Published on December 14, 2016 by Paul Ryan  

Today we have immense control over our music. With the advent of the MP3 player we can skip, shuffle, delete, and mix genres. We can listen alone or with others, listen on or off the phone, listen in the car or on a walk outside. While we listen we can view photographs, videos, play computer games, or check the location of the nearest Starbucks. Music is available to us where we want it, when we want it, and how we want it.

Gone are the days when the only access to music was in a concert hall, a community gathering, or from the living room piano. We no longer have to stop what we’re doing and have music played for us. Neither do we have to listen patiently through an album or concert to hear the song we really like.

But then we come to worship… We can’t skip, shuffle, or delete. We can’t design a playlist of our favorite songs. Rather, we come to worship and participate in someone else’s playlist – and it’s often unnerving: There are songs we don’t know (“Why is this in the list?”). A song might be too slow (“Why don’t they select another version?”). We might hear the same songs and hymns again and again (“Why can’t they mix up the playlist?). Or there is little variety in the genres or styles of music (“My playlist incorporates over 15 different genres!”).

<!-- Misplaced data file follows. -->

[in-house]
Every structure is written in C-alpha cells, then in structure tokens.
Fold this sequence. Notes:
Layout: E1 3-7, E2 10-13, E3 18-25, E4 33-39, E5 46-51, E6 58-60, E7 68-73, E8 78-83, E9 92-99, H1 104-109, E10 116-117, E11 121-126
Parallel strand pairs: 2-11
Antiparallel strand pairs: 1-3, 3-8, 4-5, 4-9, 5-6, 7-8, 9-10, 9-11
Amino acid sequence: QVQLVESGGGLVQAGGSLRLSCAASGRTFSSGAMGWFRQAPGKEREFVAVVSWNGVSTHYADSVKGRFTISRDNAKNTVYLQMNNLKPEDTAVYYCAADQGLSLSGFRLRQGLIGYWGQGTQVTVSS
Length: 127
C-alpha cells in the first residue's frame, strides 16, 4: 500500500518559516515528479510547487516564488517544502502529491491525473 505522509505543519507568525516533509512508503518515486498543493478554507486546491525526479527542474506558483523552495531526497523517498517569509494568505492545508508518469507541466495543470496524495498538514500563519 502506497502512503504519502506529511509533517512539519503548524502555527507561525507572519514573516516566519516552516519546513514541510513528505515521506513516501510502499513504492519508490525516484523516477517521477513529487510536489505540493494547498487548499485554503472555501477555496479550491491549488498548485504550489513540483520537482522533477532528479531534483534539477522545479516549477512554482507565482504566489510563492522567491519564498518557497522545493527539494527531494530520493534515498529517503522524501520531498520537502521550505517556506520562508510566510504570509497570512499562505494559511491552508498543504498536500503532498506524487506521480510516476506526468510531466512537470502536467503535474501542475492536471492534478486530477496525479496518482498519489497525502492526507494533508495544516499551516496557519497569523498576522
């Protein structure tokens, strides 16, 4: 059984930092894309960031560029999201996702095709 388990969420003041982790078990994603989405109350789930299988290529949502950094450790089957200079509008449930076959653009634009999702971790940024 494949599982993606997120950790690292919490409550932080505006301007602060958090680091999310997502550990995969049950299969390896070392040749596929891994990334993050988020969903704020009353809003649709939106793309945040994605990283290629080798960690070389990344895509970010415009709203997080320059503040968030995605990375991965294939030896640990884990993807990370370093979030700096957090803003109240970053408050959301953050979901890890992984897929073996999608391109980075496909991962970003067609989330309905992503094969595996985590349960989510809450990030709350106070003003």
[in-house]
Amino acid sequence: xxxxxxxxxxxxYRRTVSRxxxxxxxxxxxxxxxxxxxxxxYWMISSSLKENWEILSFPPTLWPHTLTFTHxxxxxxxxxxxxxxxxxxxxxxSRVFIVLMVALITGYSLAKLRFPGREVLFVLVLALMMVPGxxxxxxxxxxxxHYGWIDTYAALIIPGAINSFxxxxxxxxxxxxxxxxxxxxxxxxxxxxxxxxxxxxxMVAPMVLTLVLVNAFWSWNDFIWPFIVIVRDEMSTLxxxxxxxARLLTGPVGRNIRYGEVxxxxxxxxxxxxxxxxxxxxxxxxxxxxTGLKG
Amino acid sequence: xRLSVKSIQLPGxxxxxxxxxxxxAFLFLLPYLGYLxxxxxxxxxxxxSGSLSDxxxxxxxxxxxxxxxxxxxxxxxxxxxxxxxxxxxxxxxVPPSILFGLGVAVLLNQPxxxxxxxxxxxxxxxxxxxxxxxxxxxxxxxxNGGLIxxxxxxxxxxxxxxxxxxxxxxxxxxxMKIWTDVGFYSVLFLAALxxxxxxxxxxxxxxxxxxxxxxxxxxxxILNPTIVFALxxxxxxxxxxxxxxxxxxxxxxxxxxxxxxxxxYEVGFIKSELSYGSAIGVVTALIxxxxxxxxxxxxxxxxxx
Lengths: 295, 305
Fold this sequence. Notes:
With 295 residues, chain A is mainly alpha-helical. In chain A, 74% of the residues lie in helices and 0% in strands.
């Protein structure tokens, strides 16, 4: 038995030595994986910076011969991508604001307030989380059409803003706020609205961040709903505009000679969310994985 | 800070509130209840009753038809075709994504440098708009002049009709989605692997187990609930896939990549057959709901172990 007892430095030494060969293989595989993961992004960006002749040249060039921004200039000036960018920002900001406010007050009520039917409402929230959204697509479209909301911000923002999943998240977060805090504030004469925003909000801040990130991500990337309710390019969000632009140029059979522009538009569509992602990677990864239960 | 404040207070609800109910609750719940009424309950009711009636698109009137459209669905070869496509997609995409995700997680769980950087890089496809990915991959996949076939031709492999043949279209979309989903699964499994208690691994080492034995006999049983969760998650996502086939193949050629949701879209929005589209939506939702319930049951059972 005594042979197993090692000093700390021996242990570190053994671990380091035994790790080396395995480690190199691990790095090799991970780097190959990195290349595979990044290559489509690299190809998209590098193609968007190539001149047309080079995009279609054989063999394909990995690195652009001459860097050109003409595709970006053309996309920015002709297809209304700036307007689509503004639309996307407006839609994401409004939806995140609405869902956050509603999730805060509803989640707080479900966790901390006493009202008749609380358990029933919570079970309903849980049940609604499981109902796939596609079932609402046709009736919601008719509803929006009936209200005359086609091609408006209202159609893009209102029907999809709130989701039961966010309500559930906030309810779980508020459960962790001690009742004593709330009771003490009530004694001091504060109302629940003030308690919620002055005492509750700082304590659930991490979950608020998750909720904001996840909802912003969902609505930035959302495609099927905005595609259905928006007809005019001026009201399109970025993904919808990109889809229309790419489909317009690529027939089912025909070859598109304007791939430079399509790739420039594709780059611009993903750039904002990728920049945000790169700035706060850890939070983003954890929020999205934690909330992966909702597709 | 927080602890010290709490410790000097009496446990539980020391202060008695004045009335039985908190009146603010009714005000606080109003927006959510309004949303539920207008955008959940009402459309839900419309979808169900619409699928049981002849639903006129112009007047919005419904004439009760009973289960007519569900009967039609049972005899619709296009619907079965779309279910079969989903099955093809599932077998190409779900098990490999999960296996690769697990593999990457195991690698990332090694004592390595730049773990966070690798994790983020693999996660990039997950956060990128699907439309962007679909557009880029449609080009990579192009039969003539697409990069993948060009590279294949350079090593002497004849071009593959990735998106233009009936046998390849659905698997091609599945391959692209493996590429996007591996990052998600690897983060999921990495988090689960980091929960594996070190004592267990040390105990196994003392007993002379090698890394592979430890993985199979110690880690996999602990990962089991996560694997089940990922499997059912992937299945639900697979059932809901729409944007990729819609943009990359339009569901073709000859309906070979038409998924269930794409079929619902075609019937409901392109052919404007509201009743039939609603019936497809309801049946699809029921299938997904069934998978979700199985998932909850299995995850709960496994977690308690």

Music in worship, then, is very counter-cultural. We don’t get to choose. We don’t have the control. We can certainly make requests (or complain), but by and large we don’t have a say. It’s no wonder we often find ourselves dissatisfied with the music in our churches.

But perhaps there is something valuable here. Maybe when we worship it isn’t about our individual preferences and our need for control. In worship God calls us to give our lives into his hands, the hands that are truly in control. We look to God and say, “What play list do you have for me this week? What do you want me to hear?”

This is challenging, especially for teenagers who are fighting for control and who rejoice in the individual expression of their music choices. But how important it is to know that we ultimately are not in control and life is not first about our needs and preferences. Worship teaches us this. Worship forms us into people who learn to place their lives into the hands of God.